Rio Tinto has followed rival mining firms and says it is negotiating new iron ore supply
contracts priced for three months rather than a year.
The move ends years of tradition and is seen as a demonstration of the power the
miners have over their customers.
Demand is at record levels, especially from China, whose appetite for ore and other
commodities continues to grow.
Last month, BHP Billiton and Vale agreed quarterly contracts with some Asian steel mills.
Japan and South Korea seem to have accepted the change, but China's position is less
China has been strongly opposed to a move to shorter-term pricing, which exposes it to
price rises over the year.
However, Brian Redican, chief economist at Macquarie bank in Australia, said: “The
shortage of iron ore means if the Chinese won't sign up to fixed prices at the quarterly rate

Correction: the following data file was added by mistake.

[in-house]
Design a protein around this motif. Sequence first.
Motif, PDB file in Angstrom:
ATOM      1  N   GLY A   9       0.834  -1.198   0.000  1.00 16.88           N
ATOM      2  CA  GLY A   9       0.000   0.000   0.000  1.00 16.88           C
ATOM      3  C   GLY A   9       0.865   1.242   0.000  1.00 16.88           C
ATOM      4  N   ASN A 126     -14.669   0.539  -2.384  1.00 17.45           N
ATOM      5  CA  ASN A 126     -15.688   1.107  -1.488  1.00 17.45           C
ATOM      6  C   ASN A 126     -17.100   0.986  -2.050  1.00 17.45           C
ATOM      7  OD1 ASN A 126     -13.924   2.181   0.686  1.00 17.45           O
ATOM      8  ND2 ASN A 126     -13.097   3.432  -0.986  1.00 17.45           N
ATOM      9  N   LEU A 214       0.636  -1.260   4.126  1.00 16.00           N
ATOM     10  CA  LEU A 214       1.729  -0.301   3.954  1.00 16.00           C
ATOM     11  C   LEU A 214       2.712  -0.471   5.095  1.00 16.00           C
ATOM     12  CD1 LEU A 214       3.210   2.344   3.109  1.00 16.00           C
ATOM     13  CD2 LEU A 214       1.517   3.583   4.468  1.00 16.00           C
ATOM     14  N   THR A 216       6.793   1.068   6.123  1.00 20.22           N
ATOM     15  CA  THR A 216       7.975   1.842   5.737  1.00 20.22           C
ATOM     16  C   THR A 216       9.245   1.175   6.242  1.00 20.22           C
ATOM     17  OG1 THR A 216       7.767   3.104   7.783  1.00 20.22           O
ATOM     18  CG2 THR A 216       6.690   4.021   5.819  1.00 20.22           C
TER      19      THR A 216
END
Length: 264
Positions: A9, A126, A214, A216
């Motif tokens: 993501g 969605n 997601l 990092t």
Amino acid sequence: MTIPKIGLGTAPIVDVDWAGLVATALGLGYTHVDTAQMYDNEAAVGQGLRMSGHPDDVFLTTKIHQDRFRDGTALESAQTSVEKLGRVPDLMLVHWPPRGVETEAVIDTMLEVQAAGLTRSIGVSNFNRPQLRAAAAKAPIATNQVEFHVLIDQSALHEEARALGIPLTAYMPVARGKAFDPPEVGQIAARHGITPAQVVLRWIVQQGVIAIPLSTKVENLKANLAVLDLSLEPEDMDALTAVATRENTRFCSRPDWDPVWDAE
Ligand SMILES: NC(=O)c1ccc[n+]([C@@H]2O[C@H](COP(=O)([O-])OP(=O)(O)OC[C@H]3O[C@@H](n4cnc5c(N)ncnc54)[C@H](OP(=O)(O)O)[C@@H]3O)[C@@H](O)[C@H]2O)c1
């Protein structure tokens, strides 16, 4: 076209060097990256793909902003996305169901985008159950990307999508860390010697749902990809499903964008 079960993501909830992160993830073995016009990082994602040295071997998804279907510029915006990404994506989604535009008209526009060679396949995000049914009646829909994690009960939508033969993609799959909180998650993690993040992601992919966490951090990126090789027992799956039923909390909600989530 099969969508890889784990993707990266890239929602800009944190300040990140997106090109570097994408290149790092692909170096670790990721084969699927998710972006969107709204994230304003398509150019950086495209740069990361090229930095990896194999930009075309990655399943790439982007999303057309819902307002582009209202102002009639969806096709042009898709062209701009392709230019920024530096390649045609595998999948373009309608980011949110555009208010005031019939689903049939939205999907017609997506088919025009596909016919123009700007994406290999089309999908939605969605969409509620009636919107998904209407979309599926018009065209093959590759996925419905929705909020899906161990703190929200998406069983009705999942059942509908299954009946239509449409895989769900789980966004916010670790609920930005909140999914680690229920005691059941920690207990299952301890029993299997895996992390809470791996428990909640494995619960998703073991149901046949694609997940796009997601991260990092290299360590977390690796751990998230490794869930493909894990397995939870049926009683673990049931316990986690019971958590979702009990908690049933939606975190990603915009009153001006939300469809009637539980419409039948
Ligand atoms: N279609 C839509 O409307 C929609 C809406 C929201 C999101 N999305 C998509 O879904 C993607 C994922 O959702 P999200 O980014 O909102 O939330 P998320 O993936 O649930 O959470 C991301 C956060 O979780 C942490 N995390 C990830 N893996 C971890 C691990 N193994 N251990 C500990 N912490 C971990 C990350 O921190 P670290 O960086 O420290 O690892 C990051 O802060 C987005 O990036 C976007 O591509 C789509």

they will be forced to buy it on the open market where prices are about 15–20% higher. It
would be cutting off its nose to spite its face.”
The old yearly pricing system caused huge friction. When the spot — open market —
price fell significantly below the annual price, customers complained, and when it rose above
the set price, it was the miners that were unhappy.
The most recently struck contracts are, on average, priced 100% higher than last year’s
Last month, four Rio Tinto executives were jailed after being found guilty of bribery and
stealing secrets by a Chinese court.
One of the four — Australian national Stern Hu — had been Rio Tinto’s lead negotiator
in talks with Chinese steel mills to try to settle a price for China to buy iron ore from
Australian mining companies.